26 April 2018
In this 2016 image, an Ethiopian girl fetches water from what remains of a pond during a severe drought in the Afar region of Ethiopia. (photo: Petterik Wiggers)
Every year on 22 April, the world observes Earth Day, a moment intended to focus our attention on the plight of the environment and the future of the planet. There are lectures, gatherings and celebrations all over the world. (One acute observer in New York City noted that the Earth Day observance generates an unusually large amount of trash.) Nevertheless, despite all the contradictions involved in the observance of Earth Day, its purpose is extremely important.
Modern humans are facing — or ignoring — a threat to our very existence — to say nothing of our well-being. The overwhelming consensus of modern science is that the earth is warming and that human agency plays an important though not necessarily sole role in this. Ignoring this science because it is a “theory” is simply to misunderstand science. (As a comparison: Scientists are constantly studying gravity. The most omnipresent force in the cosmos, gravity barely exists at subatomic levels and seems not to exist at all in black holes. Some scientists see gravity as not so much a force as the consequence of the curvature of spacetime. However, even though the nature of gravity is open to several theories, no one in their right mind would walk off a tall building because gravity is “only a theory.”) We dismiss or minimize science at our own peril.
The importance of taking responsibility for our planet and its future (and ours) was the opportunity for an extraordinary exercise in ecumenical cooperation — which speaks, I believe, to part of CNEWA’s mission of encouraging understanding and fostering dialogue. On 24 May 2015, Pope Francis published the encyclical “Laudato Si’ ” (the opening words of the “Canticle of Creation” of St. Francis of Assisi). The opening of the encyclical repeatedly mentions Bartholomew, the ecumenical patriarch of Constantinople, and the concerns which he and Pope Francis share concerning the health of the planet and its future. A Greek Orthodox theologian was part of the committee that helped Francis write the encyclical. The pope and patriarch have agreed to work together on this issue so that both Catholic and Orthodox can witness to its importance.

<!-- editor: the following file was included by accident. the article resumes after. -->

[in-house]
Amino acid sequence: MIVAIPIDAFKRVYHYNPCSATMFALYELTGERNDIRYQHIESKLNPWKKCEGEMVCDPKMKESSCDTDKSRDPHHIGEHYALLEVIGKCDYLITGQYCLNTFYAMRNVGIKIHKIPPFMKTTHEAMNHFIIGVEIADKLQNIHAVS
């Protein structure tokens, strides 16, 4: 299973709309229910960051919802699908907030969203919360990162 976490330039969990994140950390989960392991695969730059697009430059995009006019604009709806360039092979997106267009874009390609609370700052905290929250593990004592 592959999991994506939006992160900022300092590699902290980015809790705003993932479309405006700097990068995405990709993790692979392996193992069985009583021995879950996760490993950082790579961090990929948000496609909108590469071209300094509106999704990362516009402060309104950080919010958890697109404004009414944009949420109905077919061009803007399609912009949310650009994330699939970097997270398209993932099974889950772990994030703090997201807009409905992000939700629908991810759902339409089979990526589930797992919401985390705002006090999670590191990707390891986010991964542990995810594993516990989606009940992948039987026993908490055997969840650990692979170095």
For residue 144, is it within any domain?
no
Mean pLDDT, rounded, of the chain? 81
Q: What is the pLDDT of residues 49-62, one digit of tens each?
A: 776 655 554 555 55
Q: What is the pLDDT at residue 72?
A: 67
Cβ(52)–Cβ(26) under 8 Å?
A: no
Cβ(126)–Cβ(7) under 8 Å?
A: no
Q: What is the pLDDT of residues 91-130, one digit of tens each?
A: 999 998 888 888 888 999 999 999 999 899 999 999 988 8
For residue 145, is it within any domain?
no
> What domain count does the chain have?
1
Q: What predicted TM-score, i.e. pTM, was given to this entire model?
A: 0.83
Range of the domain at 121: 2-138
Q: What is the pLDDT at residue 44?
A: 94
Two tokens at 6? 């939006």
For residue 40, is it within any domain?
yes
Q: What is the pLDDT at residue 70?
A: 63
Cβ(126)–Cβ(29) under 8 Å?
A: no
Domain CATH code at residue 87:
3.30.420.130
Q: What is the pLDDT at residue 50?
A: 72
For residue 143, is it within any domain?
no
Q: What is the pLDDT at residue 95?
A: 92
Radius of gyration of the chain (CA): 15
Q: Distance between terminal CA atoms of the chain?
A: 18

Francis lists the different forces which are threatening the planet. He mentions “Pollution, waste and a throwaway culture.” Although not mentioned by Francis, a good though terrifying example of this would be the Great Pacific Garbage Patch (aka Pacific Trash Vortex) which contains trash and plastics in various stages of decomposition. Conservative estimates see the vortex at 270,000 square miles — or roughly the size of Texas. Other measurements see it as large as Russia. This is environmental degradation on a massive scale but one which remains for all practical purposes “invisible” to most people. Francis and Bartholomew wish to change that.
Pope Francis and Ecumenical Patriarch Bartholomew make it very clear that this is not an issue merely for scientists or “tree huggers.” It is a moral challenge facing Christians everywhere. In the sixth chapter of “Laudato Si’ ” Francis develops the theme of “ecological education and spirituality.” He calls for a conversion of heart and action. A conversion from how we think of — or ignore — our environment, a conversion of how we use, consume and dispose of the goods of our world. Again and again in the encyclical Francis calls for an “integral ecology.” By this he means that responsibility for the environment is not something we do now and then, much less something we do only once a year on Earth Day. Rather, who we are as Christians and how we live our day to day lives must reflect our concern for the creation which has been entrusted to us by God.
We at CNEWA are often painfully aware of how people are impacted by the environment. Many of those we serve find their lives devastated by natural disasters and weather. For several years, for example, the monsoons in Ethiopia either never came or carried much less water than usual. The ensuing drought brought suffering, misery and, in some cases, death to those who had to live through it. Pollution and overfishing has threatened the livelihoods of many in south India whose lives depend on fishing. Environmentally-induced sicknesses affect the young and vulnerable in many places of the world where we work.
Earth Day and “Laudato Si’ ” are reminders — or, if necessary, wake up calls — that we as believers have a moral responsibility to remember that greed has never been a virtue, that the unjust hording of wealth and resources has never been moral that we are called by God to take care of our planet.
Tags: Catholic Environment Pollution